Amanda Parker is Cowgirl Creamery's Managing Director, joining us over 2 years ago with a background in business development and specialty cheese. Amanda began her journey working in cheese working at the vaunted Murray's Cheese in New York City, where she grew their beloved Manhattan cheese counter into a national business. She stands by the idea of dairy being used as a force for good, and is committed to maintaining the role that Cowgirl Creamery plays as a community hub and supporter of a local, regenerative, organic food systems.
During an unusual holiday season, Amanda reflects on her family traditions, small gatherings, romcoms, Christmas cheese, and shares a precious family recipe:
In one sense, this year of small family gatherings is hardly new for me. I am an only child, so most Christmases growing up consisted of just me and my parents (and the dog, of course). Over these years, we’ve developed our own food traditions, mostly a combination of “traditional” and the kinds of food we just love to eat. Cheese, of course, to start!
I’ve worked in the cheese industry for over twelve years now. My very first week as a young cheesemonger in New York was the week before Thanksgiving in November 2008—talk about a crazy time to start in retail! And of course this has meant that for every holiday, we have a cheese plate. While I usually celebrate American cheeses for Thanksgiving, Christmas has become my opportunity to look to Europe and its classics—the wrinkly, ashed goat cheeses from France’s Loire Valley. Craggy Italian pecorinos, rubbed in olive oil or studded with peppercorns, covered in juniper berries. Extra-aged wheels of Comté, which we mongers used to hold triumphantly above our heads when they would arrive in December. The grand-dame of the British cheese canon, in my humble opinion, great truckles of Colston Bassett Stilton, veined through with blue. Needless to say, my small nuclear family has benefitted from a dozen years of cheese plates.
So that kicks us off, perhaps to whet the appetite while, in a normal year, we three might read by a fire, or enjoy another holiday tradition: the annual viewing of Love, Actually, one of my dad’s all-time favorite movies.
Dinner is where things get interesting, holiday tradition-wise. We often go for that quintessential holiday centerpiece, a small-family-sized ham, usually a sourced from a smokehouse in the Adirondacks where my mom’s family has been going for over fifty years, since my grandfather owned a Dairy Queen that the whole family worked at. But that’s a story for another day. There’s that ham, and often a potato gratin, now upgraded with our own Crème Fraîche and a hefty dose of a melting cheese like our Wagon Wheel. Some kind of vegetable, yes, of course.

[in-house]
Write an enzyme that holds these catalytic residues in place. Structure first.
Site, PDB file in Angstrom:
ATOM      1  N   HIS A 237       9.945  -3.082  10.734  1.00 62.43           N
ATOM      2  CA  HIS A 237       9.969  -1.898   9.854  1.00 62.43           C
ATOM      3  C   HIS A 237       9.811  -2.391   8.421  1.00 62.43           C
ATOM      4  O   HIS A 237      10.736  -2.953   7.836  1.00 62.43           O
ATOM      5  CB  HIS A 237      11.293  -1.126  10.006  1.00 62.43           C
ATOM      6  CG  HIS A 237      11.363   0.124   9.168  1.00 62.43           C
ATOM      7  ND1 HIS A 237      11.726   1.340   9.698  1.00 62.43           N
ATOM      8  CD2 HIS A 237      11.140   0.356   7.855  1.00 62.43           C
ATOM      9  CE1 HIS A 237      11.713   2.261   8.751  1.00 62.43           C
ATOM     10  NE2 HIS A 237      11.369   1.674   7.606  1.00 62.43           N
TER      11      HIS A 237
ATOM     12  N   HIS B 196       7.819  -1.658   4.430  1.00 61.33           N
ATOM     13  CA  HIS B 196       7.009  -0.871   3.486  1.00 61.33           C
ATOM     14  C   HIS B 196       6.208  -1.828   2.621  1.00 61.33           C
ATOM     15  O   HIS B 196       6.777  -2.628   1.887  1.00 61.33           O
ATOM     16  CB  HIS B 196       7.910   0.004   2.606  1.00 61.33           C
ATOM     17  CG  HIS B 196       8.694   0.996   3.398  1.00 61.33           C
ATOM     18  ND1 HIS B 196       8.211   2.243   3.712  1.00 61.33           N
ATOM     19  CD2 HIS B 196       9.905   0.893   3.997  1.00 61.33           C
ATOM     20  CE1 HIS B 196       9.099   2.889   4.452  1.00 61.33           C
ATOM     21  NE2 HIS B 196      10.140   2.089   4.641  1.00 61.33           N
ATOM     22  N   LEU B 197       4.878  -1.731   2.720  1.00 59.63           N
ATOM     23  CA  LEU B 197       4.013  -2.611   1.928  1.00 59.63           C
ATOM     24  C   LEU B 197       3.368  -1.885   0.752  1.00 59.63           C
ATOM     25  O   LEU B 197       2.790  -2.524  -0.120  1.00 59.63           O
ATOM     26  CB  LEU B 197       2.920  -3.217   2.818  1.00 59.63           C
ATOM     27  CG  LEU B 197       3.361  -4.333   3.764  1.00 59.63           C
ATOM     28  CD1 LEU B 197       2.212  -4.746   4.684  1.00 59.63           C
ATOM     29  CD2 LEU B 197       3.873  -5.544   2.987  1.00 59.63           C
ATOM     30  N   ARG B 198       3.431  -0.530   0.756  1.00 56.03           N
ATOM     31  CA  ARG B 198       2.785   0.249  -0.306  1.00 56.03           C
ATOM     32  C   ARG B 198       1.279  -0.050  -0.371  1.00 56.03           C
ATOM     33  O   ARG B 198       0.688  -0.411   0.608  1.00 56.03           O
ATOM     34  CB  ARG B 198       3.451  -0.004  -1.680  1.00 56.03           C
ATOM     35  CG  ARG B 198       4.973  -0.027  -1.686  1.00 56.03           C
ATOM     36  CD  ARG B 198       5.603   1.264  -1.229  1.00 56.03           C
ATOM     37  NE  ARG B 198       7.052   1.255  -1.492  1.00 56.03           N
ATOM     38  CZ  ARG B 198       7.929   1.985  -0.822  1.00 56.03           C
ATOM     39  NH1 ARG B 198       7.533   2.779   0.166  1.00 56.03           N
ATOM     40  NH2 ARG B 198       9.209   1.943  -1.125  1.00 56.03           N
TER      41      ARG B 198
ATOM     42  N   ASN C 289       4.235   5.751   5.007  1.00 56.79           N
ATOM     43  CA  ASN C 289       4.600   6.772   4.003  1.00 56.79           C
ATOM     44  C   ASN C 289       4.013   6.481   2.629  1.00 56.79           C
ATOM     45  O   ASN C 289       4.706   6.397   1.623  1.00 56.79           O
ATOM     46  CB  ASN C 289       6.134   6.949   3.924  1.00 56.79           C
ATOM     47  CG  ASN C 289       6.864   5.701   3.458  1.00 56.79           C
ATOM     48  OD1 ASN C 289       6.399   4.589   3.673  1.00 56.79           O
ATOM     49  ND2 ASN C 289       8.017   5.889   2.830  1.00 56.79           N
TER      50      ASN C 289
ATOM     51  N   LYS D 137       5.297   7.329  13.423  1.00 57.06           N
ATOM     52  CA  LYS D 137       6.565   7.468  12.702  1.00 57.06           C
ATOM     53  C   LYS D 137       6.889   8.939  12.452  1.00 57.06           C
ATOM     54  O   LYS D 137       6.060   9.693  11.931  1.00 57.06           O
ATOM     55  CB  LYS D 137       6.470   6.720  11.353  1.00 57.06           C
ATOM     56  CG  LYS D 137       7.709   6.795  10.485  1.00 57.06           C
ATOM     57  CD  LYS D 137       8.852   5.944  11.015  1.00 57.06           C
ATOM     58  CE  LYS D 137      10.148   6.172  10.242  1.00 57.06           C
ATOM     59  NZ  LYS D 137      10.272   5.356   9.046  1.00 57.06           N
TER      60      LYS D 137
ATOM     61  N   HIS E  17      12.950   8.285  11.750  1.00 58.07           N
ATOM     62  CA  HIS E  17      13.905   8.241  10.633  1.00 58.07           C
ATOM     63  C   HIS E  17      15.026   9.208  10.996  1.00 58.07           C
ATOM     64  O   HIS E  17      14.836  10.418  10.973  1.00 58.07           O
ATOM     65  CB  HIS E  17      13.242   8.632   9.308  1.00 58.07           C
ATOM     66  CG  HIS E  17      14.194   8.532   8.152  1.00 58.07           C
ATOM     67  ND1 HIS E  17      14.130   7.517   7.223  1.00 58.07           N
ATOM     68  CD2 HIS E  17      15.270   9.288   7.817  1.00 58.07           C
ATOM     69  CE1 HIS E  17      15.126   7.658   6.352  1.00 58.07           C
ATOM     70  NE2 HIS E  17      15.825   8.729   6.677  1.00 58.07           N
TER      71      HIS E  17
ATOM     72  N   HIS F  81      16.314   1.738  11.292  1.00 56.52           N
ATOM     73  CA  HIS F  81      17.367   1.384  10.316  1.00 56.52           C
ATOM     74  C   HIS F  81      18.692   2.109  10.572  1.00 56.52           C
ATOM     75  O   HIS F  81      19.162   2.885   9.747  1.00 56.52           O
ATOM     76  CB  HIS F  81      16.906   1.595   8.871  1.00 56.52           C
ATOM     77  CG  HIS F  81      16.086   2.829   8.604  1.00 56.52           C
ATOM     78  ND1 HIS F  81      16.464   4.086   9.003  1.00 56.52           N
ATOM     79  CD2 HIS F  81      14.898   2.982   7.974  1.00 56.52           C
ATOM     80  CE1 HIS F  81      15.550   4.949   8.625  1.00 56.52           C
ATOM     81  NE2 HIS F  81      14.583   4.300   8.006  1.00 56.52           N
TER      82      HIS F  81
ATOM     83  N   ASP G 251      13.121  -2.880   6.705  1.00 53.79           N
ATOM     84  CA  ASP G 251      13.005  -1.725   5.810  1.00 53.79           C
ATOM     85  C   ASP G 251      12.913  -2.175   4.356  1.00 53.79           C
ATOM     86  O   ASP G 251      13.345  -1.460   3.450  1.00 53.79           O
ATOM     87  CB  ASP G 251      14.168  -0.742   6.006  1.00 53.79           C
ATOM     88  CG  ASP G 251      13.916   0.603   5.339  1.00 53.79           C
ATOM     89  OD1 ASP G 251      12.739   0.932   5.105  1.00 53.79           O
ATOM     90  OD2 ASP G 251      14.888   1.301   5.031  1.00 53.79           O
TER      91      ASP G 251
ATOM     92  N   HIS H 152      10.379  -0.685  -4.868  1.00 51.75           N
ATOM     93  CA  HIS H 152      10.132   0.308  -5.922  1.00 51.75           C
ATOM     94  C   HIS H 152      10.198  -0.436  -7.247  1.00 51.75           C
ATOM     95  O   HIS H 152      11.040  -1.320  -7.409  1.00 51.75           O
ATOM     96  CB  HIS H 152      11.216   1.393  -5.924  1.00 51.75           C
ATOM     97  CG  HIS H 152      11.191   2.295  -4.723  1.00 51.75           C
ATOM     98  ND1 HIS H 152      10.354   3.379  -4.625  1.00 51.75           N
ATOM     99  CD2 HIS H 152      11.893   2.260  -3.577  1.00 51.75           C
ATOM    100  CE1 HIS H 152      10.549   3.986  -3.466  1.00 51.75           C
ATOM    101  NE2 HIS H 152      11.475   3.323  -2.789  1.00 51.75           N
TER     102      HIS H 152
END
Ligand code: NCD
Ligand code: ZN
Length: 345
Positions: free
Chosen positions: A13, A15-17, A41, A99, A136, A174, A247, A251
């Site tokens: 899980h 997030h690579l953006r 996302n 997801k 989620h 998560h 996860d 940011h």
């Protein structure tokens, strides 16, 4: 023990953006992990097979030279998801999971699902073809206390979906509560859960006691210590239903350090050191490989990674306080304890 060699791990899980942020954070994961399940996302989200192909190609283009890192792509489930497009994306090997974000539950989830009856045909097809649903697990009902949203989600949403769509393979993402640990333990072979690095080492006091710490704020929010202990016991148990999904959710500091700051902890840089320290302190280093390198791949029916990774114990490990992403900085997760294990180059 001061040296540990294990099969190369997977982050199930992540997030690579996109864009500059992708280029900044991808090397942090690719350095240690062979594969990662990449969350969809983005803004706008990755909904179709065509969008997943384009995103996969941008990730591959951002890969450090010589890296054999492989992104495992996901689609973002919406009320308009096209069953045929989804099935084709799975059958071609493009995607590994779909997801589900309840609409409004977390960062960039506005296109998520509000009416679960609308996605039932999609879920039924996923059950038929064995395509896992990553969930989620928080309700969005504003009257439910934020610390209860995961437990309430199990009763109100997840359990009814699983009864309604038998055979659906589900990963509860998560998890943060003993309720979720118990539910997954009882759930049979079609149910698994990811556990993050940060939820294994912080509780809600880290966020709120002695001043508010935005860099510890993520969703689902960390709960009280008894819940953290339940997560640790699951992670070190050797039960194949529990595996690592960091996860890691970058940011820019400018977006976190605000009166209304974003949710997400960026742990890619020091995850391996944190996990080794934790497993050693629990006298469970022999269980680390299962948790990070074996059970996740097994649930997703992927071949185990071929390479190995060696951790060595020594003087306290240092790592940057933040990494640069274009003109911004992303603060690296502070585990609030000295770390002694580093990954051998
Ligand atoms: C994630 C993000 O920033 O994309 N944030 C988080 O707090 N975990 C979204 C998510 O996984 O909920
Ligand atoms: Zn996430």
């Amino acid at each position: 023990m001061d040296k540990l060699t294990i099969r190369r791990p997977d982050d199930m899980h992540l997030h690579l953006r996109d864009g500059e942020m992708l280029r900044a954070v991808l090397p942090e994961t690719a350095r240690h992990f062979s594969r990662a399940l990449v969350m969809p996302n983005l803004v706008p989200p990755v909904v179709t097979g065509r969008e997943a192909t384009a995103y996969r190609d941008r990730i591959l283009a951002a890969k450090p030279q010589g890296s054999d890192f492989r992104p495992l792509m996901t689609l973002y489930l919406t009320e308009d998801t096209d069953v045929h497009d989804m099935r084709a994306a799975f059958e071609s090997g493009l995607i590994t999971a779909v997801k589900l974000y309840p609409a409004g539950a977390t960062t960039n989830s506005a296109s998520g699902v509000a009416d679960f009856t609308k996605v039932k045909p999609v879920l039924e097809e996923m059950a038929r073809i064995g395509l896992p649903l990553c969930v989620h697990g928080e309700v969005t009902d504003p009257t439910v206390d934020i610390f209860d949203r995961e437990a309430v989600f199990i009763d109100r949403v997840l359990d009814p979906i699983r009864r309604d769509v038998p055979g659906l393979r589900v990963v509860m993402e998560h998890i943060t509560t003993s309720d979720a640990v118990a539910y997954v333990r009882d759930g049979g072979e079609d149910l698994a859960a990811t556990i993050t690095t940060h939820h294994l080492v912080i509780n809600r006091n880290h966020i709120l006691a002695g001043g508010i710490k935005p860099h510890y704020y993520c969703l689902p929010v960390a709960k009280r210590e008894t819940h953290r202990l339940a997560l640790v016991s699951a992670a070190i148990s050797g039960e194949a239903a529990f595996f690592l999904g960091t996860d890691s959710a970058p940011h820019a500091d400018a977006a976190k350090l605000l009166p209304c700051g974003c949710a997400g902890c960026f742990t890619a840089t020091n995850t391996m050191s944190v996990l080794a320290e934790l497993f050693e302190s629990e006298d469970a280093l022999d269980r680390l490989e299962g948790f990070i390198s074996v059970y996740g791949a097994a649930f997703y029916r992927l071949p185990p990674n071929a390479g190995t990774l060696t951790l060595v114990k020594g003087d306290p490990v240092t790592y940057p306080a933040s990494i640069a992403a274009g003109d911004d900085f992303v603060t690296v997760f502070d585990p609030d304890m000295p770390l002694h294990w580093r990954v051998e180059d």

But the real star of the traditional table? Jello Salad, of course.
My mother grew up one of ten children in 1950s Ohio, her mother relying on huge portions of food from that era to feed her ever-expanding clan. Somehow, over those years, her mother Gloria, known to her three dozen grandchildren as Grandma Glo, immortalized what we now think of as our Christmas classic: Grandma Glo’s Cherry Jello Salad.
I share with you our family recipe, as recounted rather casually by my own mother. I’ve often been tempted to “gussy up” the ingredient list, substitute my favorite cocktail-ready Amarena cherries for canned, fresh pineapple, and so on. But it’s just such a perfectly retro encapsulation of the 1950s and my grandmother—I resist. My only recommendation? Whip a hefty dollop of Crème Fraîche into the whipped cream for a tiny 2020 upgrade!
Grandma Glo's Cherry Jello Salad (as recounted by Amanda's mom Mary)
1 package cherry Jello, black cherry if you can find it (but it’s hard to come by these days, Mary says!)
1 can dark sweet pitted cherries in syrup (Oregon is brand Mary likes best)
1 small can crushed pineapples (the size of tuna fish can so it’s only about an inch high)
Drain cherries but save the syrup.
Make Jello — do what the package says for the boiling water but instead of cold water, use the juice from the can of cherries. If there isn’t enough, top off with cold water.
Dump pineapple into strainer to drain as best possible. Don’t save the juice.
Combine the Jello liquid and the drained cherries along with the crushed pineapple and put into mold. Mary says, “I don’t have and never have had a Jello mold. I use my Bundt pan and it’s just fine.” Amanda asks, “what even is a Jello mold!?”). Add the pecans. They will float to the top. Refrigerate until set.
Unmold onto plate, which is always tricky. I take a warm wet cloth and drape it over the inverted mold so it releases. Ideally it releases and keeps the shape of the pan but sometimes it begins to lose its shape because you have to get it warm to release and it melts some. Oh well. Get it back into the refrigerator ASAP. Whip the cream (Amanda: “add a bunch of crème fraiche!”) and serve with the cream in the middle for good old fashioned yum.
Do you have a family recipe or holiday tradition to share? Let us know in the comments below.